Animal Print Earrings (Tutorial)
by Rena Klingenberg.
These animal print earrings are a fun, chic accent to spice up an outfit.
You can also do a bit of recycling in the process of creating the earrings.
And if you know someone who loves animal print clothes and accessories, this is the perfect gift!
- A piece of scrapbooking paper with an animal print design.
I purchased mine at my local craft store, in the aisle where they sell individual sheets of scrapbooking paper.
This is what I used:
- Chipboard (crafting cardboard cut into shapes). I used 2 pieces of 1.75″ (45mm) round chipboard for the leopard-print earrings.
I got the bag of chipboard shapes at my local craft store.
You can also find them online.
This is what I used:
- Cardboard rectangles cut from the back of an old notebook. I used 2 pieces of 1.18″ x 2.17″ (30mm x 55mm) notebook cardboard for the reversible white zebra / pink zebra earrings.
- Mod Podge – (a water-based sealer, glue, and finish) – a small amount, for attaching your paper shapes to your cardboard / chipboard pieces.
Available in most craft stores and online.
- Scissors – for cutting your animal print paper.
- Pencil – for marking where to cut and punch.
- Ruler – for measuring your paper shapes; also for measuring where to punch the holes.
- Permanent marker (such as a Sharpie) to color the edges of your cardboard shapes.
I used black.
- 4 jump rings – 2 medium size jump rings, plus 2 smaller jump rings.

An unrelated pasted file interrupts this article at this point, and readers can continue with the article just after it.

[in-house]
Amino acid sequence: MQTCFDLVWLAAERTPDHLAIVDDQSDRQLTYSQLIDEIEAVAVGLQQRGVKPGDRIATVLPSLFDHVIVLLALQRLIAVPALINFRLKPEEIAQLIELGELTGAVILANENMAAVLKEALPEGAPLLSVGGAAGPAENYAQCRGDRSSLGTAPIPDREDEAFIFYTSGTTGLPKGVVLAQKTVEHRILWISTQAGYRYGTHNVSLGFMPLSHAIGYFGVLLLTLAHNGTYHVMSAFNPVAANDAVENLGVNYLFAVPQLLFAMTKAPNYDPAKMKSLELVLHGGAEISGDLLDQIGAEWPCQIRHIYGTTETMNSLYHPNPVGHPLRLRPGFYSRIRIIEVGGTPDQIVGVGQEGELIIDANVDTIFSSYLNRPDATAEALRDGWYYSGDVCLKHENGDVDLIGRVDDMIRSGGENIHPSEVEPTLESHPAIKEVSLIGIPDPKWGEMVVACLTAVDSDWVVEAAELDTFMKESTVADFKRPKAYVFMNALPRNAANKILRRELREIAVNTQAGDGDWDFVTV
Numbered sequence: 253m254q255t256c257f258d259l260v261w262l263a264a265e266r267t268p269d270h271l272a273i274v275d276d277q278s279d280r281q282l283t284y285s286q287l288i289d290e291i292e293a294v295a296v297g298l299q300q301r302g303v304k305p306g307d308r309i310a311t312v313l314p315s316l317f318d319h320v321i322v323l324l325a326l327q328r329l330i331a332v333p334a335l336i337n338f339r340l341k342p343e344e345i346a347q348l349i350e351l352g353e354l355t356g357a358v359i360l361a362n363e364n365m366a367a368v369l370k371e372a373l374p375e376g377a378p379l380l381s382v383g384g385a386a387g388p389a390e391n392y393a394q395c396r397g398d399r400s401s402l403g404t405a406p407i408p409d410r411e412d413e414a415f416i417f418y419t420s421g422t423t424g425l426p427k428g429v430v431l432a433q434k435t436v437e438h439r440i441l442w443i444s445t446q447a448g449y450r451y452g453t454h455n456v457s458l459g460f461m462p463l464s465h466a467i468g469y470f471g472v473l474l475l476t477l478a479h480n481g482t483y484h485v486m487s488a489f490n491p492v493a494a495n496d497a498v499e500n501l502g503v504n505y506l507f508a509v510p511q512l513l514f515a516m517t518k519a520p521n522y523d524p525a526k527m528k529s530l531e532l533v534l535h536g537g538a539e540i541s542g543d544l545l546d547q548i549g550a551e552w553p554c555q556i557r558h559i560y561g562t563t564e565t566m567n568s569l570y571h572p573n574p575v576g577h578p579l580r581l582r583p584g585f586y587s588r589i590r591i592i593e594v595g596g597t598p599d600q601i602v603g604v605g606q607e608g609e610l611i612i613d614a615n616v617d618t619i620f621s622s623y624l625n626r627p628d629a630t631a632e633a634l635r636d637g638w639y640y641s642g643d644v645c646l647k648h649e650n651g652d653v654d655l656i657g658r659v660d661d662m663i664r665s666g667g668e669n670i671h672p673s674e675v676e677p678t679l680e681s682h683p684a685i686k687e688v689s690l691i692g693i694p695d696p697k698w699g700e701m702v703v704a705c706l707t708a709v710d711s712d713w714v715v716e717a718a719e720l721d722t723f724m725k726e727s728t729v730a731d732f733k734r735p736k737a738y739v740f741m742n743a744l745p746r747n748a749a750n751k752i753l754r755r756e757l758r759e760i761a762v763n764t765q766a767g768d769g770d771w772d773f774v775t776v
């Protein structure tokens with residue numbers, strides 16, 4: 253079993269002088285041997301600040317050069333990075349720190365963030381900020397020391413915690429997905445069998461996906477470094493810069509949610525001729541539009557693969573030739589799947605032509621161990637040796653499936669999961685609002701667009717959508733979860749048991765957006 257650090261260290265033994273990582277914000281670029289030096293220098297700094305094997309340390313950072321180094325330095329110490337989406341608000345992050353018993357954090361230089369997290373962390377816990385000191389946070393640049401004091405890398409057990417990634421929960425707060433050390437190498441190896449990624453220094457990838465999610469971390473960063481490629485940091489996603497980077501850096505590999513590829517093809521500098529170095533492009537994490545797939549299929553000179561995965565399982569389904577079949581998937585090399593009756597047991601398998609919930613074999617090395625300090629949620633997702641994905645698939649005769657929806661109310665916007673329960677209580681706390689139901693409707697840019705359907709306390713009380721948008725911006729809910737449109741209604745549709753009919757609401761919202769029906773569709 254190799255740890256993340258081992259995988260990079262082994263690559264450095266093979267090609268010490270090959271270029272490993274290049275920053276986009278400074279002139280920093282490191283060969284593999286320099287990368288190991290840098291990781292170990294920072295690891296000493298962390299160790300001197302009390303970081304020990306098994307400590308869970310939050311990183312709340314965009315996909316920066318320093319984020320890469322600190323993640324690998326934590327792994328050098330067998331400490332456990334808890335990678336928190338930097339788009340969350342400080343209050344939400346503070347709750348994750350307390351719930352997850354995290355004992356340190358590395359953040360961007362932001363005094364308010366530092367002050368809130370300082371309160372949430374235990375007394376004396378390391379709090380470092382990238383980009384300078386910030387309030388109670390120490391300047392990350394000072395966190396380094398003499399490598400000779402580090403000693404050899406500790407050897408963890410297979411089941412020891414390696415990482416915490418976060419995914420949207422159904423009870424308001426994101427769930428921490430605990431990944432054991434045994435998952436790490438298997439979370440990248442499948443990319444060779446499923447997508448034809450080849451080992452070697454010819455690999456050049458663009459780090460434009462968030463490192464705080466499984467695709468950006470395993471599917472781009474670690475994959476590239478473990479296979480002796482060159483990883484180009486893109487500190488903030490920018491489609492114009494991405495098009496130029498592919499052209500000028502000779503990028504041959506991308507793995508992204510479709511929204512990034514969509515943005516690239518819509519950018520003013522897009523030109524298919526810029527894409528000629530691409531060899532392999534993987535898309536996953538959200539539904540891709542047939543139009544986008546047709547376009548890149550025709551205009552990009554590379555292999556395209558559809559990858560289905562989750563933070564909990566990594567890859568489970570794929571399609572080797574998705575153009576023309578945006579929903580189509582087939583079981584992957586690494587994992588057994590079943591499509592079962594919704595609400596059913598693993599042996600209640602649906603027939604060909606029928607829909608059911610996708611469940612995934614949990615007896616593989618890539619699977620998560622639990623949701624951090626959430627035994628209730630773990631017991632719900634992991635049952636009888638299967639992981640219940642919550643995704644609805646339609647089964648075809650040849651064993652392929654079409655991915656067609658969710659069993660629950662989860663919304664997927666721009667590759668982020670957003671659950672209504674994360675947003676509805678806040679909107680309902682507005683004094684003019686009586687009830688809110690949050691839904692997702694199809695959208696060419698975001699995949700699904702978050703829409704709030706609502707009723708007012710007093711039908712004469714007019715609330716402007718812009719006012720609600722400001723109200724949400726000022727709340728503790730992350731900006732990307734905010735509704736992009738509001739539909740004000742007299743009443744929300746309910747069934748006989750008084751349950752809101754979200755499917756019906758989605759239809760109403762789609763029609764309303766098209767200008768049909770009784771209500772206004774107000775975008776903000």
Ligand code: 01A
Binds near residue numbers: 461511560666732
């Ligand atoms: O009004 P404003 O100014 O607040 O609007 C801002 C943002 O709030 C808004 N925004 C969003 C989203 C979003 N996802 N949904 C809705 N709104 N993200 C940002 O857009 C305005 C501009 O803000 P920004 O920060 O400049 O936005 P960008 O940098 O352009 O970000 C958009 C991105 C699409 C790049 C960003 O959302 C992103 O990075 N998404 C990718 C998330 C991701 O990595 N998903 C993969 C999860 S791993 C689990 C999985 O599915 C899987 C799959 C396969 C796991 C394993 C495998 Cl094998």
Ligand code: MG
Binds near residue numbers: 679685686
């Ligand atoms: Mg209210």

- A pair of earwires.
- Flat nose / chain nose pliers for opening and closing jump rings.
- Tool for punching hole(s) in your earrings.
You could use a paper punch that makes a small 1/8″ (3.2mm) hole.
Or you could carefully poke the hole with an ice pick.
I used a Crop-A-Dile punch (if you can’t find one at your local craft store, you can find them in an online search).
This is what I used:
- Optional: Metal eyelets to reinforce the punch holes (and to add a bit of stylish detail!).
I bought a box of hundreds of these 1/8″ (3.175mm) eyelets in various colors, in the paper-crafting aisle at my local craft store (you can also find them online):
- If you’ll attach metal eyelets to your earrings, you’ll need one of the following:
- An eyelet setting tool (from a craft store) – I used the Crop-A-Dile punch’s built-in eyelet setter; or
- A jewelry hammer with a ball end (you can use the ball end of a chasing hammer), plus a steel jeweler’s block or other sturdy, smooth surface for hammering:
Are These Earrings Sturdy?
Yes – even though they’re made from cardboard and paper.